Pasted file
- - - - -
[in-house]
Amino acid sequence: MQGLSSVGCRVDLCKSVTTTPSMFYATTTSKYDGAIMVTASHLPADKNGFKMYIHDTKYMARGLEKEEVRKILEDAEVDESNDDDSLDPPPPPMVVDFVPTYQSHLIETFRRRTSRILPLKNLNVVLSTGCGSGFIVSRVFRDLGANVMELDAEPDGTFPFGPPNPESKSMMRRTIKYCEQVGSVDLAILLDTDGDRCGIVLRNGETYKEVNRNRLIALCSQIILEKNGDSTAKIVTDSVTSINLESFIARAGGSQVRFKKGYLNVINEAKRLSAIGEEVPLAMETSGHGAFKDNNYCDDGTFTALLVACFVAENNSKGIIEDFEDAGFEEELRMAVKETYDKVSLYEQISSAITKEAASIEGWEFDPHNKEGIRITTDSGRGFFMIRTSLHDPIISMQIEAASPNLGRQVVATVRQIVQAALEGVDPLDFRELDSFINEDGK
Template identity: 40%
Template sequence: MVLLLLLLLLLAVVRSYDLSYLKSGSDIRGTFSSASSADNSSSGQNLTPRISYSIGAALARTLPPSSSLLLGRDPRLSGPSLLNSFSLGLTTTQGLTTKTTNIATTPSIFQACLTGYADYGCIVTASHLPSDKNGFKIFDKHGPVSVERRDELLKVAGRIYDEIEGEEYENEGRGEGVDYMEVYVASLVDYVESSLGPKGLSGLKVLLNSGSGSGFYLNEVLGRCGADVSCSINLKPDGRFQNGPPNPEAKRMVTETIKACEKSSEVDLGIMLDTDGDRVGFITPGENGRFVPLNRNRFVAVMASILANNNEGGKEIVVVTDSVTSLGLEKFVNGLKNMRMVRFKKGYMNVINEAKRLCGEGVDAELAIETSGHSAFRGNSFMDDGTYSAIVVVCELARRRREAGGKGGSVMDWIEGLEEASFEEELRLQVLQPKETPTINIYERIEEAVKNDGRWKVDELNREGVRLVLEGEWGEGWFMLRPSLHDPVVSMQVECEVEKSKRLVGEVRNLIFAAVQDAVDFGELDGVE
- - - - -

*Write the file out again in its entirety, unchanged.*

[in-house]
Amino acid sequence: MQGLSSVGCRVDLCKSVTTTPSMFYATTTSKYDGAIMVTASHLPADKNGFKMYIHDTKYMARGLEKEEVRKILEDAEVDESNDDDSLDPPPPPMVVDFVPTYQSHLIETFRRRTSRILPLKNLNVVLSTGCGSGFIVSRVFRDLGANVMELDAEPDGTFPFGPPNPESKSMMRRTIKYCEQVGSVDLAILLDTDGDRCGIVLRNGETYKEVNRNRLIALCSQIILEKNGDSTAKIVTDSVTSINLESFIARAGGSQVRFKKGYLNVINEAKRLSAIGEEVPLAMETSGHGAFKDNNYCDDGTFTALLVACFVAENNSKGIIEDFEDAGFEEELRMAVKETYDKVSLYEQISSAITKEAASIEGWEFDPHNKEGIRITTDSGRGFFMIRTSLHDPIISMQIEAASPNLGRQVVATVRQIVQAALEGVDPLDFRELDSFINEDGK
Template identity: 40%
Template sequence: MVLLLLLLLLLAVVRSYDLSYLKSGSDIRGTFSSASSADNSSSGQNLTPRISYSIGAALARTLPPSSSLLLGRDPRLSGPSLLNSFSLGLTTTQGLTTKTTNIATTPSIFQACLTGYADYGCIVTASHLPSDKNGFKIFDKHGPVSVERRDELLKVAGRIYDEIEGEEYENEGRGEGVDYMEVYVASLVDYVESSLGPKGLSGLKVLLNSGSGSGFYLNEVLGRCGADVSCSINLKPDGRFQNGPPNPEAKRMVTETIKACEKSSEVDLGIMLDTDGDRVGFITPGENGRFVPLNRNRFVAVMASILANNNEGGKEIVVVTDSVTSLGLEKFVNGLKNMRMVRFKKGYMNVINEAKRLCGEGVDAELAIETSGHSAFRGNSFMDDGTYSAIVVVCELARRRREAGGKGGSVMDWIEGLEEASFEEELRLQVLQPKETPTINIYERIEEAVKNDGRWKVDELNREGVRLVLEGEWGEGWFMLRPSLHDPVVSMQVECEVEKSKRLVGEVRNLIFAAVQDAVDFGELDGVE